You know you’re in for a good time at a comedy gig when a venue staff member hands you a pencil before you go in. When you find a seat, there’s a piece of paper waiting for you, featuring some sort of strange quiz. Nothing on the sheet makes much sense, but you imagine all will become clear during the show. It won’t, but that’s okay. After 2014s critically-acclaimed Odessa, Joseph Morpurgo is back with more strange characters and more multimedia hocus-pocus. It’s a bewildering piece of work, but it’s one of the most brilliantly constructed shows we’ve seen at this year’s Fringe.
It works like this: Morpurgo appears as a guest on Desert Island Discs, hosted by Kirsty Young. Kirsty herself is present via sound clips that have been laboriously edited so a dialogue between the two can occur. Morpurgo chooses his songs for the desert island from a varied selection of records, all of which look like they’ve been found in forgotten corners of a dusty charity shop stockroom. Then, Morpurgo assumes several characters based on the covers or the content of these old records, including a demented piano teacher, a creepy AA Milne, and a jazzy dating coach.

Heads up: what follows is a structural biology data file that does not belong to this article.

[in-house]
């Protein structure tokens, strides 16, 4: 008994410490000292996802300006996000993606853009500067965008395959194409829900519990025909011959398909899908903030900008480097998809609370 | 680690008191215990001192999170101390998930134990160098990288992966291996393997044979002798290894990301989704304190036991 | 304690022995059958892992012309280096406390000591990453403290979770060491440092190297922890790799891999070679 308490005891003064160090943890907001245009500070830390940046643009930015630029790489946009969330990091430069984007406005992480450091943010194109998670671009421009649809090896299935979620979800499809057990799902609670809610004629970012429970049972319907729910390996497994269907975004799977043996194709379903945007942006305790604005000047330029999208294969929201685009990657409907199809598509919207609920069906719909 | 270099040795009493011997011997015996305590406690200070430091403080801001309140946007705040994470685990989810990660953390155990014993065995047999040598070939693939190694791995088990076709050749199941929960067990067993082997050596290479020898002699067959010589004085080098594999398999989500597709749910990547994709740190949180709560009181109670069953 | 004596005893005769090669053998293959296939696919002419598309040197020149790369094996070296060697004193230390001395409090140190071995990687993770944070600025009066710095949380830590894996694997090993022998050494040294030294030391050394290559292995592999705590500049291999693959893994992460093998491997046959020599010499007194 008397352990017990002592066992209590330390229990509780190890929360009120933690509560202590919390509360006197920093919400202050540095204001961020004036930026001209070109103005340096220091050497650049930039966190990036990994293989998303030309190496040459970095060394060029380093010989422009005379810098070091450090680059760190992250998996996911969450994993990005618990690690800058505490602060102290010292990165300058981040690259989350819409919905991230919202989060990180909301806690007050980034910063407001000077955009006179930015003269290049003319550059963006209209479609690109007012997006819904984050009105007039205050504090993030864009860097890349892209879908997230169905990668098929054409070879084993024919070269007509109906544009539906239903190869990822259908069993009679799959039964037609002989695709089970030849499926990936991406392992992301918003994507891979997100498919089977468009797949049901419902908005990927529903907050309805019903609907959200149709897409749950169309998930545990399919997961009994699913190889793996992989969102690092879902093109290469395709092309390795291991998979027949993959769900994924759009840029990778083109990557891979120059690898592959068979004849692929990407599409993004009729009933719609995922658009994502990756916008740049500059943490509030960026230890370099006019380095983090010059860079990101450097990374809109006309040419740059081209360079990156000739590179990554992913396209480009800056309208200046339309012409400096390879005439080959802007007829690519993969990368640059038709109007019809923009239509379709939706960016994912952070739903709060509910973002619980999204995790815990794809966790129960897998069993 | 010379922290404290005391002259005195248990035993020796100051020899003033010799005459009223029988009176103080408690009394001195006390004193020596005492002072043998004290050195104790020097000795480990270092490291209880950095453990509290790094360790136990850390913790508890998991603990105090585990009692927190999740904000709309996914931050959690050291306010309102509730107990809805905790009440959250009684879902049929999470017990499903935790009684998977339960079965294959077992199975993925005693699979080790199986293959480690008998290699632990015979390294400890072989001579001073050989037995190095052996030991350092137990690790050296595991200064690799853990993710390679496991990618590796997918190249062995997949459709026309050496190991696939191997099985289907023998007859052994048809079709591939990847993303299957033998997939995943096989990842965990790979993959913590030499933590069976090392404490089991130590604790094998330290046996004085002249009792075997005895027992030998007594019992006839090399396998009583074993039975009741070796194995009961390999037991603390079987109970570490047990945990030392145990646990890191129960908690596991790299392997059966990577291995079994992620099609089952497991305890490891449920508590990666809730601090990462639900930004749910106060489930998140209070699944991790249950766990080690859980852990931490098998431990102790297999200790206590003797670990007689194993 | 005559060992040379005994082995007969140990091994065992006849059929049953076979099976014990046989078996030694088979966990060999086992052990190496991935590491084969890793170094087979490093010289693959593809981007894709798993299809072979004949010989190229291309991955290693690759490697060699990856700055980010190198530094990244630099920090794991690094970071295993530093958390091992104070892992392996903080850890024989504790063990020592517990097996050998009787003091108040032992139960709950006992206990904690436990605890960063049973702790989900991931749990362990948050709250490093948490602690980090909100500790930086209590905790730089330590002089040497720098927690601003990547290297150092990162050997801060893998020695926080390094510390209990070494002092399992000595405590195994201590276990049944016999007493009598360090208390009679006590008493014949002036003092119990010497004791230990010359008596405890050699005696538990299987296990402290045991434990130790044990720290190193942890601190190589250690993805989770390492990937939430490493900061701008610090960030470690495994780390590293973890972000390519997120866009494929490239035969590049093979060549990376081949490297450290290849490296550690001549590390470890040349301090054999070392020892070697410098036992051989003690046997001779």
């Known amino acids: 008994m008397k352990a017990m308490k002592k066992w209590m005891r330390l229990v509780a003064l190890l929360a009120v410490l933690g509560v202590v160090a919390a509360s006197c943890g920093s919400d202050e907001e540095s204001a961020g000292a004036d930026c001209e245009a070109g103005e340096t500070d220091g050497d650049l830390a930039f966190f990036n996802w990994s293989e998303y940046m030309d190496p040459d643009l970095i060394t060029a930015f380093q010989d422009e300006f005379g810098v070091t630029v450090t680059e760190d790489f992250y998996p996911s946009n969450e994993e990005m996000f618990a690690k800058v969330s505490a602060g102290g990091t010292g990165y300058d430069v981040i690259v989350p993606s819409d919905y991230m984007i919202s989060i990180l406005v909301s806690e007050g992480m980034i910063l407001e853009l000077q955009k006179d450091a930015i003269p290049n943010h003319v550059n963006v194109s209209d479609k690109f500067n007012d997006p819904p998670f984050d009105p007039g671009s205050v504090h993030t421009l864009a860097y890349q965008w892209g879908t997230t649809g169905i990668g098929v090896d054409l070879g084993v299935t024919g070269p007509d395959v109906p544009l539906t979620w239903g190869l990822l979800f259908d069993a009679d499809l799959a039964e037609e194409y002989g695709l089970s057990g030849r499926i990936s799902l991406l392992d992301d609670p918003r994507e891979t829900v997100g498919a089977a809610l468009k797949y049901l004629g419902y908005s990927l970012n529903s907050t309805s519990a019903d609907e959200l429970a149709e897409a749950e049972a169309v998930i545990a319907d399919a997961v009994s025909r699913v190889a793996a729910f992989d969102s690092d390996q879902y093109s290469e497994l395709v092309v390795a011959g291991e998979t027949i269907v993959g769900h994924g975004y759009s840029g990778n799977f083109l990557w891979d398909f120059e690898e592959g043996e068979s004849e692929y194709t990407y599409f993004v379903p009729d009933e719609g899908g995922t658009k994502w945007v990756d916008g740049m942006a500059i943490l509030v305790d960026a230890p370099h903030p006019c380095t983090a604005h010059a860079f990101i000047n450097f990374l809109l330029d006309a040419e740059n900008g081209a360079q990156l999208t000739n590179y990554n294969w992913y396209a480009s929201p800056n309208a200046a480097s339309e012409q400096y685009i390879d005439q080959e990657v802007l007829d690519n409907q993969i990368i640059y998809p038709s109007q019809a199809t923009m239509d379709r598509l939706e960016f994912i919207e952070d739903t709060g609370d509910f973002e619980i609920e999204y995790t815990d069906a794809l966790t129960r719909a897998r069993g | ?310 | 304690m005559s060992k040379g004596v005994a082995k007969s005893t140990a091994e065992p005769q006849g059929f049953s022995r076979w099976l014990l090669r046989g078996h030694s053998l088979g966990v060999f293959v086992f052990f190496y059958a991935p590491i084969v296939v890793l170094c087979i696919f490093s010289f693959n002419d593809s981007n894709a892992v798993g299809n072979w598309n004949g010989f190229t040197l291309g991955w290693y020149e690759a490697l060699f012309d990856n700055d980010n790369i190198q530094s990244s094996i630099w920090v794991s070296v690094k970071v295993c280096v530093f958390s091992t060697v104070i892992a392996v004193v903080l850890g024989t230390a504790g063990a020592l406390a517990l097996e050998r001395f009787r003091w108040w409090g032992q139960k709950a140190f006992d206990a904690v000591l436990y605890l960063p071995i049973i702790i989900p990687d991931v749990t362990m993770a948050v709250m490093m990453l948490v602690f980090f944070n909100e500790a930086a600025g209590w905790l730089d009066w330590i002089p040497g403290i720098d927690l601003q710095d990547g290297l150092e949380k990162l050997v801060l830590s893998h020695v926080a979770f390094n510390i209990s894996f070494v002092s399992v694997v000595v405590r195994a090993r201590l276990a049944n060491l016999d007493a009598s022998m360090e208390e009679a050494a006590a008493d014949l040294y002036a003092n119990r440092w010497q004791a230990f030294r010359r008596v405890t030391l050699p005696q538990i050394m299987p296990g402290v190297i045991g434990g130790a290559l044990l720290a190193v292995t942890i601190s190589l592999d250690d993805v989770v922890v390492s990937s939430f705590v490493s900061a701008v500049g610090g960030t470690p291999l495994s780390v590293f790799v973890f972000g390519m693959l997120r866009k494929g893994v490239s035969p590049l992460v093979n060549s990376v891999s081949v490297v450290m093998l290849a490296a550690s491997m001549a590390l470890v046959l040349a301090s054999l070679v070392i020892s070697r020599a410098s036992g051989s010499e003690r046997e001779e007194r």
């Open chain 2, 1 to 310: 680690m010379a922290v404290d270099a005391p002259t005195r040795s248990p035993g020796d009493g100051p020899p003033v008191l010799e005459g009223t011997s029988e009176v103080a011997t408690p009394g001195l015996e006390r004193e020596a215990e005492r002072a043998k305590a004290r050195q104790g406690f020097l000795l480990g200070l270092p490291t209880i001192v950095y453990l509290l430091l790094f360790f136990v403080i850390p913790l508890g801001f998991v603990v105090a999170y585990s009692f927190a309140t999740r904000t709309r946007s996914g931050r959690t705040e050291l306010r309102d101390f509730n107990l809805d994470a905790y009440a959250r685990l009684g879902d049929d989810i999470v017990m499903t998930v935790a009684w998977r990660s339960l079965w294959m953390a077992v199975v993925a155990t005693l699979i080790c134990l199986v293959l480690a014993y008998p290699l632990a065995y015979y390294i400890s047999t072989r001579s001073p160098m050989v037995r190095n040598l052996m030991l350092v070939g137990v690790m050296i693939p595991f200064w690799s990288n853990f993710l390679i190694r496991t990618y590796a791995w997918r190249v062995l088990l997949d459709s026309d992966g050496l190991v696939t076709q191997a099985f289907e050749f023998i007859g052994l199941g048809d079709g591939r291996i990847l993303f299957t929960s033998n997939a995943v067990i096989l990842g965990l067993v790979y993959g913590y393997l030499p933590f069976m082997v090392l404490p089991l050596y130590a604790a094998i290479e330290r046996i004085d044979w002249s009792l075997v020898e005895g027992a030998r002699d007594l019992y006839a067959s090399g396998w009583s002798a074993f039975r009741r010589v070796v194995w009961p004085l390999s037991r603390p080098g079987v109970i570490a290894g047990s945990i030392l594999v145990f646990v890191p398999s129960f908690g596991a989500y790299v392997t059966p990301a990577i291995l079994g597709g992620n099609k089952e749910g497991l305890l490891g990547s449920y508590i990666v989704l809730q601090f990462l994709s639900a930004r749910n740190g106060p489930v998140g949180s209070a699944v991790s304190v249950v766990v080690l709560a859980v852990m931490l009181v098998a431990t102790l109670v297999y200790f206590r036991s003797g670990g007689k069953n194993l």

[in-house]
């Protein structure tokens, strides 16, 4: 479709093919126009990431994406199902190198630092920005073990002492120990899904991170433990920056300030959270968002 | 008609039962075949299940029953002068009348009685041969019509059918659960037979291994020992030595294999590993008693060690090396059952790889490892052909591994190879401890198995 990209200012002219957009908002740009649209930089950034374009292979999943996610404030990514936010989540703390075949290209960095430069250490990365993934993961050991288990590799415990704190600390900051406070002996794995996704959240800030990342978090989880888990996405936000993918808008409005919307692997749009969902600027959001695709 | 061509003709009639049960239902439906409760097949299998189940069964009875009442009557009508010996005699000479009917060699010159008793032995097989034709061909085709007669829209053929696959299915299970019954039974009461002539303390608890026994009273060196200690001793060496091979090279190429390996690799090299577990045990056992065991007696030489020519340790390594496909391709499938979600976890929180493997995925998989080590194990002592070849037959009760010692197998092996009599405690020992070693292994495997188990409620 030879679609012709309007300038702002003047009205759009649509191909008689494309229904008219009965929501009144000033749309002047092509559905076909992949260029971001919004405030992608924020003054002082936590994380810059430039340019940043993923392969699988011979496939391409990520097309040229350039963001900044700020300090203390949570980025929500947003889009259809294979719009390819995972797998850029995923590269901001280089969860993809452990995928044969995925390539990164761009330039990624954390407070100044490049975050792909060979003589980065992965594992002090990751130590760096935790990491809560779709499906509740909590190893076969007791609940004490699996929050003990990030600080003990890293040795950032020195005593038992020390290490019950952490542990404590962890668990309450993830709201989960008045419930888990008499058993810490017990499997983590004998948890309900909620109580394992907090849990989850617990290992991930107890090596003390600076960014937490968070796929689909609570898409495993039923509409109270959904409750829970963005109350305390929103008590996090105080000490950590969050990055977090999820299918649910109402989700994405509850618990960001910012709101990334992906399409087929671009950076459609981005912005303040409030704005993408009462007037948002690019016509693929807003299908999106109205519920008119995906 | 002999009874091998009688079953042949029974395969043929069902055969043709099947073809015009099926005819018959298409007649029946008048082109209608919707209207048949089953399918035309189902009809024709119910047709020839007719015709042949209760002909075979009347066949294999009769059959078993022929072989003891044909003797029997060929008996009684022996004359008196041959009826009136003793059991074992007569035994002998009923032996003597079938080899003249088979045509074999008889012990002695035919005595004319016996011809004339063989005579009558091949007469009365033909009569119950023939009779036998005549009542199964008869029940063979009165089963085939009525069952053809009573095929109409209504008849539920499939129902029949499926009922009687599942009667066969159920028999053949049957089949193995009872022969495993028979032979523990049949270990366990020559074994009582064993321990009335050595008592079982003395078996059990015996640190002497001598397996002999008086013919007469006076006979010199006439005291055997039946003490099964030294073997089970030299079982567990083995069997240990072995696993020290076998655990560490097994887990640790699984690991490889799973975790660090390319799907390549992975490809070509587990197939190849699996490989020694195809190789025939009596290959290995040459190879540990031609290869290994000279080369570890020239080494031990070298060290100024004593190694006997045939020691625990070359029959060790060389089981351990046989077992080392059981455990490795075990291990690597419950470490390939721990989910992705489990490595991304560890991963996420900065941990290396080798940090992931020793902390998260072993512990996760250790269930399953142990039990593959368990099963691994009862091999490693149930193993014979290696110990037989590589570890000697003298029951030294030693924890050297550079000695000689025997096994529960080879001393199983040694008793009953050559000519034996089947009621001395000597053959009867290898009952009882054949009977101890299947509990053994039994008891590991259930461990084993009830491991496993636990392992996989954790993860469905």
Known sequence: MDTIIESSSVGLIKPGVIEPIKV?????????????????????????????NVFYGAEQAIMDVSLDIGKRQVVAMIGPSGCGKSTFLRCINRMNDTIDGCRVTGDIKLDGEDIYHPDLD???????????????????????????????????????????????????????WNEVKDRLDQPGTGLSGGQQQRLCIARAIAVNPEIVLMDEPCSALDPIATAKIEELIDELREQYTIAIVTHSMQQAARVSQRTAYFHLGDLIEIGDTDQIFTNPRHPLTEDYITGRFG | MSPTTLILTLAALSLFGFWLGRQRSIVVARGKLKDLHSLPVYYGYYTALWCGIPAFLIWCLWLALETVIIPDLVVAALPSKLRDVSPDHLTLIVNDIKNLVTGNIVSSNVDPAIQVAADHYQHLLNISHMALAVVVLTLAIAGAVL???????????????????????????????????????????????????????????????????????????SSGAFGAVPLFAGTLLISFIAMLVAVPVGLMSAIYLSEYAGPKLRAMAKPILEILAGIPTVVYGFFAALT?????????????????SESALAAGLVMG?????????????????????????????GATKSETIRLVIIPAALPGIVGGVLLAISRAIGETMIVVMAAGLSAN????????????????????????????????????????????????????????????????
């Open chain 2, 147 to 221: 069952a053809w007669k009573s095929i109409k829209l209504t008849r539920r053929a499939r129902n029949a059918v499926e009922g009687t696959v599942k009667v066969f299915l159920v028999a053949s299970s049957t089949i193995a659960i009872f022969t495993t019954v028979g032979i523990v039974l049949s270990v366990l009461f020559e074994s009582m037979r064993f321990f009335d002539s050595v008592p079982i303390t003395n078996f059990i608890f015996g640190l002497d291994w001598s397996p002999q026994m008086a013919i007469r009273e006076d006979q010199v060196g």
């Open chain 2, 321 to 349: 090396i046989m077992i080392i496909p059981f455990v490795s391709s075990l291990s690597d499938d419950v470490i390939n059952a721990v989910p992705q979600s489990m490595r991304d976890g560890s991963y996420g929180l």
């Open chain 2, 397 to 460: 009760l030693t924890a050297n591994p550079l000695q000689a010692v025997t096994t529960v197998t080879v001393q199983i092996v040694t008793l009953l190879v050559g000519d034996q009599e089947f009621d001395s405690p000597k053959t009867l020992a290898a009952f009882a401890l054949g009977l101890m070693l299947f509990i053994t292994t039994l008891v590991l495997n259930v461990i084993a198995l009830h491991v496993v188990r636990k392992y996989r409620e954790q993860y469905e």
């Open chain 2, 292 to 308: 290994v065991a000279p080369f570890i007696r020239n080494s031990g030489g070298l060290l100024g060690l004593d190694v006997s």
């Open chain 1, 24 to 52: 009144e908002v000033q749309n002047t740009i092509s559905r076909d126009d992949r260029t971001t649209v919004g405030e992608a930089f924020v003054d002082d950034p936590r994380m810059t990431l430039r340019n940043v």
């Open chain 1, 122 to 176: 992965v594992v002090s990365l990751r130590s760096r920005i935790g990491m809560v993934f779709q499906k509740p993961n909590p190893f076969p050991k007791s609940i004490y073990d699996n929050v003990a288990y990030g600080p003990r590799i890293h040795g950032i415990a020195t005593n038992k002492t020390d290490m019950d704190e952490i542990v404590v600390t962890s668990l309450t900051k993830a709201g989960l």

There is more to it than that, but I’m conscious of giving too much away. Morpurgo’s characters are extraordinary and hilarious, but perhaps the most memorable thing about the show is how it incorporates the audience into the madness without embarrassing anybody. The writing and preparation that went into making this show is a remarkable achievement, and Morpurgo tops it off with a perfect performance. You might have to beg for a ticket at this point, but it’s worth it.